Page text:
Edward Brown, M.S.
In a recent survey conducted by Core Edge Image & Charisma Institute, forty-eight percent of respondents said that they would invest their hard-earned money on information that provided them more power and influence. In a similar survey geared to the law enforcement community, twenty-two percent of police personnel when asked what bothered them most said that they felt powerless. The area where respondents felt the greatest need was earning more money.
Edward Brown, founder of Core Edge Private Label Rights (a subsidiary of Core Edge Image & Charisma Institute) provides questions and answers to the implications of this current study.
Q: How was this study taken?
Brown: We used the online survey tool, Survey Monkey, to gather our data. Essentially, we wanted to know what type of information respondents would like to see more of as we expand our informational products line.
Q: Were there any surprises?
Brown: It was surprising that some police personnel felt powerless over their lives. Police officers carry a great deal of power in society and to hear them say they felt powerless was shocking.
Q: You have a law enforcement background. What do you think they meant?
Brown: I would think that their positional power has no automatic benefit to their personal well-being. Yes, they carry a lot of power, but they still have car notes, house mortgages, childcare expenses, etc. At the end of the day, there may be a connection between one’s life choices and one’s happiness. Also, there may be a disconnection between what society expects of the police versus what they expect from themselves. In this vein, the police are expected to maintain control over society as well as maintain control over their personal lives.
Q: There were two independent surveys done. What did the other survey results show?
Brown: The other survey was geared to individuals within different companies. The desire for power and influence was high, but the percentages of powerlessness (11.54%) were not as high as law enforcement. Interestingly, both sectors discussed the desire for more money and believed their greatest concern was lacking money. So, going back to powerlessness, the less money you feel you have, the less powerful you feel.
Q: How does this bode for research suggesting that recognition and rewards are more important than money?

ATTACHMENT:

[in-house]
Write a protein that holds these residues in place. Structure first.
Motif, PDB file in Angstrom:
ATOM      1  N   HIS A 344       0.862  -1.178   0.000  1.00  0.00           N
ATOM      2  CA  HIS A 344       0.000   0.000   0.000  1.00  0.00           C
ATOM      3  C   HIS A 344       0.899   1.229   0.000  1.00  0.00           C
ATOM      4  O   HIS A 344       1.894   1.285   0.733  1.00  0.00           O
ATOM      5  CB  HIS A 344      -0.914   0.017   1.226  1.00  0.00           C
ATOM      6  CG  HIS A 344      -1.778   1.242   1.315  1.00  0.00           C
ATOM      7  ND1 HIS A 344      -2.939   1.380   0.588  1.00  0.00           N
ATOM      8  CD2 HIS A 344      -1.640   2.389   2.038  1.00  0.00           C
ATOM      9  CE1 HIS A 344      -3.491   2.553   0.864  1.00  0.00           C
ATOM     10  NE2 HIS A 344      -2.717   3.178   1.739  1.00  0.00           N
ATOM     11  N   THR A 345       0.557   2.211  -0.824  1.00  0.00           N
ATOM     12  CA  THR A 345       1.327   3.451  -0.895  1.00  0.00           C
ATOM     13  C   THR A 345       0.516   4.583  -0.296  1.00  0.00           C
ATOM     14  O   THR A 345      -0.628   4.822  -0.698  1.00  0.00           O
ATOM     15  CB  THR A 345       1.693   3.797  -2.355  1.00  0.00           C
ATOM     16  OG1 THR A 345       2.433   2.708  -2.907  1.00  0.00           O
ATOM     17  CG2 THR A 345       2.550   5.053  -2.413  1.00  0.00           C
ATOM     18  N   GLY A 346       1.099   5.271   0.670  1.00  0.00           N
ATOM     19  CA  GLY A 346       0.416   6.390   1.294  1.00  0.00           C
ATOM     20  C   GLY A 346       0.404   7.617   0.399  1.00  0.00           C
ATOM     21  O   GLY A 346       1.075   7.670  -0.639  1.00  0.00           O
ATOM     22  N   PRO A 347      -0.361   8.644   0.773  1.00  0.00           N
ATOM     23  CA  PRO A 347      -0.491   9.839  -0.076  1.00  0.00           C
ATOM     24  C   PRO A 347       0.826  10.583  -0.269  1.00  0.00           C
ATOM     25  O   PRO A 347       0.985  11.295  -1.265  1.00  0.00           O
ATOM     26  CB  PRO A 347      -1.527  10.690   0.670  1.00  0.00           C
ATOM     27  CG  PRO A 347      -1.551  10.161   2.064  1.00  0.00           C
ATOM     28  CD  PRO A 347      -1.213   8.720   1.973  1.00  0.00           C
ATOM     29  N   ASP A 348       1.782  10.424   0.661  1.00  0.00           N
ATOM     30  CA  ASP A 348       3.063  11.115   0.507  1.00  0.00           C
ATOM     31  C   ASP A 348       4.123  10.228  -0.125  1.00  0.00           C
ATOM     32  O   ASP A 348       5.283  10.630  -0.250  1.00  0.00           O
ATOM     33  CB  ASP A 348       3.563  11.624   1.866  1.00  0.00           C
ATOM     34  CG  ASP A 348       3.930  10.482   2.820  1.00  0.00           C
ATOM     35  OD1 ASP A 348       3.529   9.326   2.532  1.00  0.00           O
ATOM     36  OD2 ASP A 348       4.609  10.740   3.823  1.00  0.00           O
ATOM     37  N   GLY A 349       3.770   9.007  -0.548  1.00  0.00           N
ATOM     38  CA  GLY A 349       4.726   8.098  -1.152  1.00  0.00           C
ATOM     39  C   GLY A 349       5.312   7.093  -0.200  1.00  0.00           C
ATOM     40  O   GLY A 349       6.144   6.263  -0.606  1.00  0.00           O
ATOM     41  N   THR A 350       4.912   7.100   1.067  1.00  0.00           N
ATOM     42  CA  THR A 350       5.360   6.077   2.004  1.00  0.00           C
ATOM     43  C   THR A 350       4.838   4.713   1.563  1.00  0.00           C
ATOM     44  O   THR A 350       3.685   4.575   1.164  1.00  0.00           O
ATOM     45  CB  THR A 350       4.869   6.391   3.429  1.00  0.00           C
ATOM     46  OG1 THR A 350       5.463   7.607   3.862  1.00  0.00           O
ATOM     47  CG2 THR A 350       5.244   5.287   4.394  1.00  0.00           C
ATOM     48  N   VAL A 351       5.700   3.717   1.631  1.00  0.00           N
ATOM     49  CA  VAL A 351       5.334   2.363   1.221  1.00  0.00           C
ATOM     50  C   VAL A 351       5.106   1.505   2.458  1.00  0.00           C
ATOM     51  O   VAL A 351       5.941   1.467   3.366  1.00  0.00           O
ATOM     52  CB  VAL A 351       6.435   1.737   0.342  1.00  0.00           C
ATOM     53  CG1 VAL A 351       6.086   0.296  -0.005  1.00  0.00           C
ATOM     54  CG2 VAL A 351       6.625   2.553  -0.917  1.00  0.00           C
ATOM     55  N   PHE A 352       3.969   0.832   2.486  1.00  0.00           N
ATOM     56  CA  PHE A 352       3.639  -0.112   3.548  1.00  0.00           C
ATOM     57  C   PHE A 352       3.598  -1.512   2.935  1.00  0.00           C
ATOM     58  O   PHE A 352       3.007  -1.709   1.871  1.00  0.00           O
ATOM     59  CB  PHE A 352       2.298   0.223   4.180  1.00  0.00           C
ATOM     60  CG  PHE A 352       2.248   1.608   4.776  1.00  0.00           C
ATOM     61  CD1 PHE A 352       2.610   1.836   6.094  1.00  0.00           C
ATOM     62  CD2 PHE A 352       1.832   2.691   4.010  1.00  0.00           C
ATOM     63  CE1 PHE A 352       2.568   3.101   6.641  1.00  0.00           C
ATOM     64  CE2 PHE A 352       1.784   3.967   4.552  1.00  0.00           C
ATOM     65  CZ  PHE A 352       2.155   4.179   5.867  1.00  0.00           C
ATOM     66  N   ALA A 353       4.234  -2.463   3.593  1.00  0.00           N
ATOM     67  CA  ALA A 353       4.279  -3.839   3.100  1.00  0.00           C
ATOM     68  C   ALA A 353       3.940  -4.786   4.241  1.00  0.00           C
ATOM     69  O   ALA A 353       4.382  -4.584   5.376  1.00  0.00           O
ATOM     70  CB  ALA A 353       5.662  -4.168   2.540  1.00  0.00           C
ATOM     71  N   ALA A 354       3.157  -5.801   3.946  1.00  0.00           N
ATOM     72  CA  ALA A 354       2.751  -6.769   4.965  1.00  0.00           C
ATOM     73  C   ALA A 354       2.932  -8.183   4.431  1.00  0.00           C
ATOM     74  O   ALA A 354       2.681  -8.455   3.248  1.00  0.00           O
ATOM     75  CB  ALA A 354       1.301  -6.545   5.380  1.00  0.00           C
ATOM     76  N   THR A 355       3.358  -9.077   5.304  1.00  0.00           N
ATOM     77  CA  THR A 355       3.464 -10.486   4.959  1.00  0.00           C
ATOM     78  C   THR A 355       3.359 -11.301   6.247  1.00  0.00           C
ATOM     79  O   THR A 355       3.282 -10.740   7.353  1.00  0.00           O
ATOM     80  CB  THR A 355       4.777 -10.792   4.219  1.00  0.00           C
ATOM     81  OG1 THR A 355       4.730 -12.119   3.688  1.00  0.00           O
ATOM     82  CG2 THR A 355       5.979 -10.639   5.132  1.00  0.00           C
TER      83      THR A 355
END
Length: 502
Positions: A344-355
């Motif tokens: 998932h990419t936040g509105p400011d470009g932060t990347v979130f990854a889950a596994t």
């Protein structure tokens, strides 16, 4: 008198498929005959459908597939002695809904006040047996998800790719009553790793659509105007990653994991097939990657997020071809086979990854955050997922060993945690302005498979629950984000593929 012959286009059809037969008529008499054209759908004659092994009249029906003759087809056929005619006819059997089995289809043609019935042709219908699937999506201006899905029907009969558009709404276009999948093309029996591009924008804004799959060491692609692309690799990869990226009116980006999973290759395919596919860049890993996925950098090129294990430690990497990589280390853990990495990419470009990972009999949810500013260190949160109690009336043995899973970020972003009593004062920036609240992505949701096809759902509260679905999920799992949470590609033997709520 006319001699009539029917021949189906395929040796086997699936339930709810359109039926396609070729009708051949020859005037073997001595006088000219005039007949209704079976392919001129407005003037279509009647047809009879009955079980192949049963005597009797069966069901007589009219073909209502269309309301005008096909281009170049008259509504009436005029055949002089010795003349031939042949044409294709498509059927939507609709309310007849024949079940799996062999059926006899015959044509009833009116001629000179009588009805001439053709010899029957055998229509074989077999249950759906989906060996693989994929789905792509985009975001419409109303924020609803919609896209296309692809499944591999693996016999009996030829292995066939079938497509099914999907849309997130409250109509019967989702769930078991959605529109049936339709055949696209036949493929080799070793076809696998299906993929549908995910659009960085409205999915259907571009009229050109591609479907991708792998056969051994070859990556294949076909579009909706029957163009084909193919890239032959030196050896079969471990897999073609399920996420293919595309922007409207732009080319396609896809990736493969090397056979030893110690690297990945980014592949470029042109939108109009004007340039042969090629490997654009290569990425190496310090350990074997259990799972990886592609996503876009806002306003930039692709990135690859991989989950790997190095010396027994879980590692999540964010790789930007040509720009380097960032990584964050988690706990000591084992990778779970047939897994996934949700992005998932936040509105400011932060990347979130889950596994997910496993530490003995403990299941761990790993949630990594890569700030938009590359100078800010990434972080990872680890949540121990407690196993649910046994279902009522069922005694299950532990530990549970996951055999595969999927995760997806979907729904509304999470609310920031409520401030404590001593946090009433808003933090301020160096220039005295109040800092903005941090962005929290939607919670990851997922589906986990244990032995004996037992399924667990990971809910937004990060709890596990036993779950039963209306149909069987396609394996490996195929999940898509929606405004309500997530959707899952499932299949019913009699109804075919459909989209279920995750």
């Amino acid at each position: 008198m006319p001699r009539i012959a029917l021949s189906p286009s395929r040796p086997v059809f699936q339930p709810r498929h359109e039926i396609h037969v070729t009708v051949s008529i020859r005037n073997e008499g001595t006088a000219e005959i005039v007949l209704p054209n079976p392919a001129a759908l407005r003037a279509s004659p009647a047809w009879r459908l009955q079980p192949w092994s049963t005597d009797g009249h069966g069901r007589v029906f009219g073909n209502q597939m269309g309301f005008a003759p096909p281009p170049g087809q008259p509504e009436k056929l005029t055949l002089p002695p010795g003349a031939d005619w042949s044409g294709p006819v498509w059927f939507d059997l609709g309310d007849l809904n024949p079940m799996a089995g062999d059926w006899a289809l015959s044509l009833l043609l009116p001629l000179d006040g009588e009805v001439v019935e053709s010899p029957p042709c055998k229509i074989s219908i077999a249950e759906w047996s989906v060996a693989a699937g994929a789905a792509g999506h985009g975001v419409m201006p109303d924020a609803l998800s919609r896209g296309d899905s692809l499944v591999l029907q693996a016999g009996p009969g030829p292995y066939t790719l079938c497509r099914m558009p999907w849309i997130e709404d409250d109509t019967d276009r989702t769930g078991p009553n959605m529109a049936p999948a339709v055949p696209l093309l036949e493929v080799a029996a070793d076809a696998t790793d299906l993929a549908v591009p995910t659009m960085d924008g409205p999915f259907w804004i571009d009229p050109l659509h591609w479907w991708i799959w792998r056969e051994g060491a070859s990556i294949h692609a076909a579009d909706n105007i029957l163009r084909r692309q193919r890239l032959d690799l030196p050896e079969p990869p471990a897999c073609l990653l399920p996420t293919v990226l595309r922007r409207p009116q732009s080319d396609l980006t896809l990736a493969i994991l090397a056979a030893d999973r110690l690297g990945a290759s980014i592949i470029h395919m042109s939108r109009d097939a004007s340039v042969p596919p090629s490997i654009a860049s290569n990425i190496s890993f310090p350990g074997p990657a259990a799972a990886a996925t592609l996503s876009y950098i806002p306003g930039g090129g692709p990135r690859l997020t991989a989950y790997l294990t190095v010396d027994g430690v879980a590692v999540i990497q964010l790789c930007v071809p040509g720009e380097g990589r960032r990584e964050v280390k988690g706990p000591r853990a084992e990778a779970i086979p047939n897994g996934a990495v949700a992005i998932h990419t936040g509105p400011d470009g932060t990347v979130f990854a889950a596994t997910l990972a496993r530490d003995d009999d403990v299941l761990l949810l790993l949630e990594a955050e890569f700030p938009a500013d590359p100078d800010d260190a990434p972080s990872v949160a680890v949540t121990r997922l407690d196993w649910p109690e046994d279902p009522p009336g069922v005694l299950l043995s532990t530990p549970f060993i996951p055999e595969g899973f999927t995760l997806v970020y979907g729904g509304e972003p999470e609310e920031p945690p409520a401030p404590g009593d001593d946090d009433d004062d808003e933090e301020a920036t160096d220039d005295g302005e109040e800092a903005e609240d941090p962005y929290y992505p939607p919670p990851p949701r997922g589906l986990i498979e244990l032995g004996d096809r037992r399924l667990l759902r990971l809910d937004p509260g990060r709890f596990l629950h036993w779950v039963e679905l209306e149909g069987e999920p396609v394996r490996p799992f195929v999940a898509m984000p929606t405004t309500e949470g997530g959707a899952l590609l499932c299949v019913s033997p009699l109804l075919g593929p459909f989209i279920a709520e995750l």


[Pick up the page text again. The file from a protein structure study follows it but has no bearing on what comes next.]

Brown: Well, recognition and rewards may be important once money is no longer an issue. The analogy that comes to mind is that of the movie industry. Once actors become movie stars and are financially independent, they no longer take movie roles to merely stay afloat. They begin taking movie roles that are self-fulfilling and will gain the respect of their colleagues within the movie industry. That’s why the Oscar Awards are so important to them.
Q: What tools can be developed to respond to the needs that came out of the surveys?
Brown: If money, power and influence were seen as ideal aspirations for gaining happiness, it is only wise to create “How to…” products that help facilitate these needs. It all depends on what individuals are doing daily with the material to invest in themselves. These tools can help, but it requires a concerted effort to change their mindset, lifestyle and professional skills to create a happier life. A shift in choices very well means a shift in fortune.
Edward Brown, M.S., is a content marketer and researcher for Core Edge Police Pro (a subsidiary of Core Edge Image & Charisma Institute, Inc.), which develops web copy and digital products for law enforcement agencies.
He has advanced legal training from the University of Dayton School of Law and a master’s degree from Mercer University in Public Safety Leadership.
Ed is the author of over 30 books including: Police Leadership: The Morale Driven Police Department and The A-Team: How to Be a Top Police Department in Recruiting, Training and Retaining Employees available at Amazon Kindle.
For more information, visit: The Power of One